High dose pred can suppress the immune system so it doesn't mount an effective response to infection but for most people on the PMR doses it doesn't generally make a lot of difference. I have had fewer infections while on pred. Nor have I experienced any healing problems either at any dose up to 20mg.
You may have taken the Staph bacteria (S. aureus?) in with you - most of them are commonly found on the skin or you may have picked it up in hospital. Always make sure anyone coming to touch you has washed their hands immediately before getting to you. With soap and water, not just a perfunctory slap of gel - which doesn't kill all known germs!
I do trust they did a culture to find a suitable antibiotic rather than just guessing - because if they didn't they were encouraging the development of a resistant strain.
No.....if anything , increase it a little.
Was the above reply aimed at me. I have increased to 10 mg for one week.
I am due to have an ablation for svt next month. The cardiologist told me to double my pred dose on the day of the procedure
I'm surprised the people who arranged the cancer excision did not fully discuss this with you at the pre op appointment. while this forum is really
excellent this sort of thing should really be discussed with the physicians dealing with your case.
This cancer grew very quickly and my doctor scrambled to find me a surgeon who would do this. We have a problem getting in to see a surgeon - usually takes months. I think normally I would have seen the surgeon for a consult first but I'm going to the hospital on the 15th to have procedure done.
Interesting conversation , I might in the next couple of months be undergoing rotator cuff surgery . I am taking 12mg of Pred , I had to get as cons opinion on my shoulder I felt the first surgeon I saw was more concerned about the Pred than my shoulder . I had the same op 3 years ago on my other shoulder with no problems and 100% recovery and success. Thoughts on this , is he holding back due to the medication and will the next surgeon I see week Tuesday give me the same responded.?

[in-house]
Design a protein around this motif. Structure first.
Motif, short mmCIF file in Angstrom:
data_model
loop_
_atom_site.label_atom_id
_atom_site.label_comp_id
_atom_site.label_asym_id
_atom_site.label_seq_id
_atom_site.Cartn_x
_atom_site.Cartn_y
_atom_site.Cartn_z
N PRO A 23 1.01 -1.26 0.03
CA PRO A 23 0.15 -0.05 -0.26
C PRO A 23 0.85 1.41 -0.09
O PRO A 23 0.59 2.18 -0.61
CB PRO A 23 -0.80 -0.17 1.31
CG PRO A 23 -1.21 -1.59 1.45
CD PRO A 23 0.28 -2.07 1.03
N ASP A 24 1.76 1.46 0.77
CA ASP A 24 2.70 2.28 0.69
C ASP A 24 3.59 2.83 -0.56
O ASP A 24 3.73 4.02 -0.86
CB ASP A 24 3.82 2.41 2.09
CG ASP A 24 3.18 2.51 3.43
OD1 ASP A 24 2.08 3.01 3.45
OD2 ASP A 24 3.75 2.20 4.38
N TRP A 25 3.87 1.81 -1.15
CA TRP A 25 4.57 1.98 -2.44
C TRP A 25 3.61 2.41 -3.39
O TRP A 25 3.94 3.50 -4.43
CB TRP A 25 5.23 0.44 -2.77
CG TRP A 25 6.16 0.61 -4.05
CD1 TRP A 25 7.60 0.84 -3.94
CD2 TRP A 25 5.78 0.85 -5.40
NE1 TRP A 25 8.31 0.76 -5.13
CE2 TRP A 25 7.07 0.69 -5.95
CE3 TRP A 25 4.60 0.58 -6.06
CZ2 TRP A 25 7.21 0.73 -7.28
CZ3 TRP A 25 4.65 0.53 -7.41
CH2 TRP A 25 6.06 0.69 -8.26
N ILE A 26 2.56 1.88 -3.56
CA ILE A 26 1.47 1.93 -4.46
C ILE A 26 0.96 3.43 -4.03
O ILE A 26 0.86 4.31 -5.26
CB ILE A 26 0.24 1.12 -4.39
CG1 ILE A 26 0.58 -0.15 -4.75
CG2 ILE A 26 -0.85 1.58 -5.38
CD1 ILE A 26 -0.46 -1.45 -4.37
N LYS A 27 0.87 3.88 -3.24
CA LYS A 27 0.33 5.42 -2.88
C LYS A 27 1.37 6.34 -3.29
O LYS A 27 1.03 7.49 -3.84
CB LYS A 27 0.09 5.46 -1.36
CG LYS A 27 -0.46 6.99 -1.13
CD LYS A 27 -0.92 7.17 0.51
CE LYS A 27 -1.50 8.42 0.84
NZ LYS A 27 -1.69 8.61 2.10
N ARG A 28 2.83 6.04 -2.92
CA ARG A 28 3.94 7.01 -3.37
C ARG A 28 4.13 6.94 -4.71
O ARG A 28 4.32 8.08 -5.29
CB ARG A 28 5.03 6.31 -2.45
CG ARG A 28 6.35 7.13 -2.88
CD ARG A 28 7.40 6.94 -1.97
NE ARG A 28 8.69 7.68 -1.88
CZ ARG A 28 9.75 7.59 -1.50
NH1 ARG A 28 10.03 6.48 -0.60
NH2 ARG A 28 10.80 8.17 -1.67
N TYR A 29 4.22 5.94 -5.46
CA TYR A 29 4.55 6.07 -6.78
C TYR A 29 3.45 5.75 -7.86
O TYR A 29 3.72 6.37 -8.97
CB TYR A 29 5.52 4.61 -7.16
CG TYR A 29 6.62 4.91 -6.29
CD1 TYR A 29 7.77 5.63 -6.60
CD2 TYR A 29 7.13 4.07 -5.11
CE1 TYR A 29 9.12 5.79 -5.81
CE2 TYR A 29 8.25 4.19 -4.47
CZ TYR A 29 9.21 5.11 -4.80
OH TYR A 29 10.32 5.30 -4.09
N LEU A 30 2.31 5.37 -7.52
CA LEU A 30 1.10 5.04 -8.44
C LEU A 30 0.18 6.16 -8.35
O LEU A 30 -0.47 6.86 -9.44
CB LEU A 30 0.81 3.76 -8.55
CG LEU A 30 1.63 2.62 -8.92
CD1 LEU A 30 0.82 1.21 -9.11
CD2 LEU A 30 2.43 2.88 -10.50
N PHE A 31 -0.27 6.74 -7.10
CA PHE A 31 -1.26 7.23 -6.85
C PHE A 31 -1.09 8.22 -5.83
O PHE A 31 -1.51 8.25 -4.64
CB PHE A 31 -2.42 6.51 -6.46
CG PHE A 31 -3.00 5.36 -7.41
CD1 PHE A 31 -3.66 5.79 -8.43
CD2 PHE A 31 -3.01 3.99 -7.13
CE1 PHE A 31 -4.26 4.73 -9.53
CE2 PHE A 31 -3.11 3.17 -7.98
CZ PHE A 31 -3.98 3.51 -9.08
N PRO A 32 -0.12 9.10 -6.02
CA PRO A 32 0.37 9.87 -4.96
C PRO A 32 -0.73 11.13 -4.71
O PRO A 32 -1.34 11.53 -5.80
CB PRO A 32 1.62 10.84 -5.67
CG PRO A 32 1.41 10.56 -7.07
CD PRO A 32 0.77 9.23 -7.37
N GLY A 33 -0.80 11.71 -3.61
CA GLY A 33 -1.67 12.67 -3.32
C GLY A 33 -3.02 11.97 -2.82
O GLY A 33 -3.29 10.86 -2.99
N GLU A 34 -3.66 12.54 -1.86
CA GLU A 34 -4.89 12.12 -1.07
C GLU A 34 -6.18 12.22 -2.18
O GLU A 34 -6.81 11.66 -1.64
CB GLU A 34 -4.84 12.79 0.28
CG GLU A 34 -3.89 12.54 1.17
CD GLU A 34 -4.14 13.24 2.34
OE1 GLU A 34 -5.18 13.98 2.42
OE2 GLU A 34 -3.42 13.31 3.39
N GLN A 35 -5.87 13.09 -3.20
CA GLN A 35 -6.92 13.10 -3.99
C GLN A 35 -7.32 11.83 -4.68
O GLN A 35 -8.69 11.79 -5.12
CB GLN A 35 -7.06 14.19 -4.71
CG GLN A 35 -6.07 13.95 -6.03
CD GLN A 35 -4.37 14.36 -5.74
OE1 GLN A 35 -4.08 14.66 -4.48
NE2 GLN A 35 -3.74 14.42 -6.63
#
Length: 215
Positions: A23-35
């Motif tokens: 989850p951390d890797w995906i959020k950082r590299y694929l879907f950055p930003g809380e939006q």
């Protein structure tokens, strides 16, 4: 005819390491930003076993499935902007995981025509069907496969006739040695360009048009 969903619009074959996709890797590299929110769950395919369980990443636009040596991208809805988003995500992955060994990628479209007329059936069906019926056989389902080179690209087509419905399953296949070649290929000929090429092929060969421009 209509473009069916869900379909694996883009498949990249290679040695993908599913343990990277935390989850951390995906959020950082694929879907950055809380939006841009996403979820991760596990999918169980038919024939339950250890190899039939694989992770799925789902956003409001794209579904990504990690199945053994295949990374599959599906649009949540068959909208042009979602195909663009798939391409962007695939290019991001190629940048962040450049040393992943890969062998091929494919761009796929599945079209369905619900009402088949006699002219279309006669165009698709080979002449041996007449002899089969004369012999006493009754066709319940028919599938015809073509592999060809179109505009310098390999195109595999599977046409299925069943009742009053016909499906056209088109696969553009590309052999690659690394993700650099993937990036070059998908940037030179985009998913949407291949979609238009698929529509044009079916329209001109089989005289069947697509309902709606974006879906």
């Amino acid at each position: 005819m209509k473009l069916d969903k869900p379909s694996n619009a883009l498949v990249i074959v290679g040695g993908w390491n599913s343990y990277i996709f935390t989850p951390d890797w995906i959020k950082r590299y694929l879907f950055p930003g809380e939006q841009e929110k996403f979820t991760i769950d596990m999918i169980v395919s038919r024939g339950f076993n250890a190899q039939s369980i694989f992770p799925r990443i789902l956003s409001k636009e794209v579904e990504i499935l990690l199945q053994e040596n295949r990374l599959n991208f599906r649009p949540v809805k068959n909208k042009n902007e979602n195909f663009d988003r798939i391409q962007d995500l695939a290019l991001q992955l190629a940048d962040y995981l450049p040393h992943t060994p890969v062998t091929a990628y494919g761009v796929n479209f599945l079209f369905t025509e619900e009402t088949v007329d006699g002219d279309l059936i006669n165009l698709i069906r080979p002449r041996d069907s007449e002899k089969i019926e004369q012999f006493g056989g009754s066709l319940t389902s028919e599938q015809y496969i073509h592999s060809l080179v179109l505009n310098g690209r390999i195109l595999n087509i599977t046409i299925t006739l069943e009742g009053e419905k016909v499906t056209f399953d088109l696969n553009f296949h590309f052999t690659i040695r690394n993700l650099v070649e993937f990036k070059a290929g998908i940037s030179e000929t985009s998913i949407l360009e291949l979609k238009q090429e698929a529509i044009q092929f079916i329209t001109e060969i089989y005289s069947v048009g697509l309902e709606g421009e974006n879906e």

I had gallbladder surgery this past August..it was done Robitic. I was also concerned about the Pred. I was on 15mg at the time. My surgeon, neurologist and gastro Dr's all said Pred needs to be increased before the surgery. It was given to me thru IV same day as surgery. Next day went back to normal dose. Everything went fine. I stayed on 15 for another 2 week, then was able to tapper down when blood work went back to normal. Good luck.
No, you must NOT stop taking long term pred suddenly except under close medical supervision. You should have an appointment with the surgeon or a nurse the week before the procedure and you should flag up the fact that you are on long term pred then - and since I've just read your comment at the bottom of the page, make sure they know when you get there. Tell EVERYONE and make sure they make a note - then they can't deny knowledge!
It used to be recommended that the pred dose be increased before such procedures but the more recent thinking is that the patient should be monitored carefully peri and post op and more pred given if required. It very rarely is.
You'll be fine - hope it all goes well.
Re: medical personnel knowing about ongoing prednisone treatment. I understand that in the UK you are issued a card which serves to alert first responders if you are in an accident or other medical emergency. What could we do in the benighted Western hemisphere to similarly help safeguard ourselves?
When I was blue lighted to hospital last year my steroid card was still in my handbag in my house and not with me so not foolproof! a Medic Alert bracelet which my mother used to wear would have been more useful.
As Whisper says - Medicalert bracelets are probably even better! Google them - they keep a full medical history available in multiple languages at the end of a phone call.
Add an ICE number - In Case of Emergency - to your mobile phone contacts list though that does require you not to lock your phone so paramedics/police can have a look. There are apps available I believe
Good in theory, but a medicalert bracelet and accompanying service
is rather expensive, I think. Although, what is life worth? Maybe I could tell the family they can give me one for Christmas and with any luck I'll only need it for one or maybe two years after that!
I really don't feel that £30 a year is particularly expensive and the cheapest bracelet is under £20. I imagine part of the value is for your family to know a parent is safe if a paramedic arrives to a collapse when they aren't around.